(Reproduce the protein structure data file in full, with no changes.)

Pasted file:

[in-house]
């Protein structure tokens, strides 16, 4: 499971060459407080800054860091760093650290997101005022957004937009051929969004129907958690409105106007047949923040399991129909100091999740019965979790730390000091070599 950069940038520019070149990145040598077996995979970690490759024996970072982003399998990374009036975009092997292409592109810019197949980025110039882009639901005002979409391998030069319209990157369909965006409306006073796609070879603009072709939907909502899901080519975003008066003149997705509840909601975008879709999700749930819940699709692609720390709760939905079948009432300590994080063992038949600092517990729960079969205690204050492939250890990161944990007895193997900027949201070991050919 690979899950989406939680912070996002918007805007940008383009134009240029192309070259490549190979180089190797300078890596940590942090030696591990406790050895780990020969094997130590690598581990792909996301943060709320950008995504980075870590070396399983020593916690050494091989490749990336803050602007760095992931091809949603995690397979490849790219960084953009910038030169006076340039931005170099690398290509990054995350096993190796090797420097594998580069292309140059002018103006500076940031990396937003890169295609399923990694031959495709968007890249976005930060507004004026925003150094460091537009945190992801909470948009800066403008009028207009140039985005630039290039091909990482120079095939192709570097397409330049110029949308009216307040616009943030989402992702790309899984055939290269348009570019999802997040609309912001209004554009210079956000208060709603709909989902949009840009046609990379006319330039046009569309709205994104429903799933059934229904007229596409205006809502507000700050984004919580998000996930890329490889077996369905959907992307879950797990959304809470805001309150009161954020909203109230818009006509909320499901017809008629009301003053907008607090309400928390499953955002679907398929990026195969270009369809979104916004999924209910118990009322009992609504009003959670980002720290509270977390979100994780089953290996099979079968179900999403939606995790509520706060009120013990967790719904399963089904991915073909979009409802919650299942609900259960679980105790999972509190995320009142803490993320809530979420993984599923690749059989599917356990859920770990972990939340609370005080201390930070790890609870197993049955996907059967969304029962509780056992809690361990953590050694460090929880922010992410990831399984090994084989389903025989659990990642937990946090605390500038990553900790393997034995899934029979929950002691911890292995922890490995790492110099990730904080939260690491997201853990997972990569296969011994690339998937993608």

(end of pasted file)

[in-house]
């Protein structure tokens, strides 16, 4: 499971060459407080800054860091760093650290997101005022957004937009051929969004129907958690409105106007047949923040399991129909100091999740019965979790730390000091070599 950069940038520019070149990145040598077996995979970690490759024996970072982003399998990374009036975009092997292409592109810019197949980025110039882009639901005002979409391998030069319209990157369909965006409306006073796609070879603009072709939907909502899901080519975003008066003149997705509840909601975008879709999700749930819940699709692609720390709760939905079948009432300590994080063992038949600092517990729960079969205690204050492939250890990161944990007895193997900027949201070991050919 690979899950989406939680912070996002918007805007940008383009134009240029192309070259490549190979180089190797300078890596940590942090030696591990406790050895780990020969094997130590690598581990792909996301943060709320950008995504980075870590070396399983020593916690050494091989490749990336803050602007760095992931091809949603995690397979490849790219960084953009910038030169006076340039931005170099690398290509990054995350096993190796090797420097594998580069292309140059002018103006500076940031990396937003890169295609399923990694031959495709968007890249976005930060507004004026925003150094460091537009945190992801909470948009800066403008009028207009140039985005630039290039091909990482120079095939192709570097397409330049110029949308009216307040616009943030989402992702790309899984055939290269348009570019999802997040609309912001209004554009210079956000208060709603709909989902949009840009046609990379006319330039046009569309709205994104429903799933059934229904007229596409205006809502507000700050984004919580998000996930890329490889077996369905959907992307879950797990959304809470805001309150009161954020909203109230818009006509909320499901017809008629009301003053907008607090309400928390499953955002679907398929990026195969270009369809979104916004999924209910118990009322009992609504009003959670980002720290509270977390979100994780089953290996099979079968179900999403939606995790509520706060009120013990967790719904399963089904991915073909979009409802919650299942609900259960679980105790999972509190995320009142803490993320809530979420993984599923690749059989599917356990859920770990972990939340609370005080201390930070790890609870197993049955996907059967969304029962509780056992809690361990953590050694460090929880922010992410990831399984090994084989389903025989659990990642937990946090605390500038990553900790393997034995899934029979929950002691911890292995922890490995790492110099990730904080939260690491997201853990997972990569296969011994690339998937993608």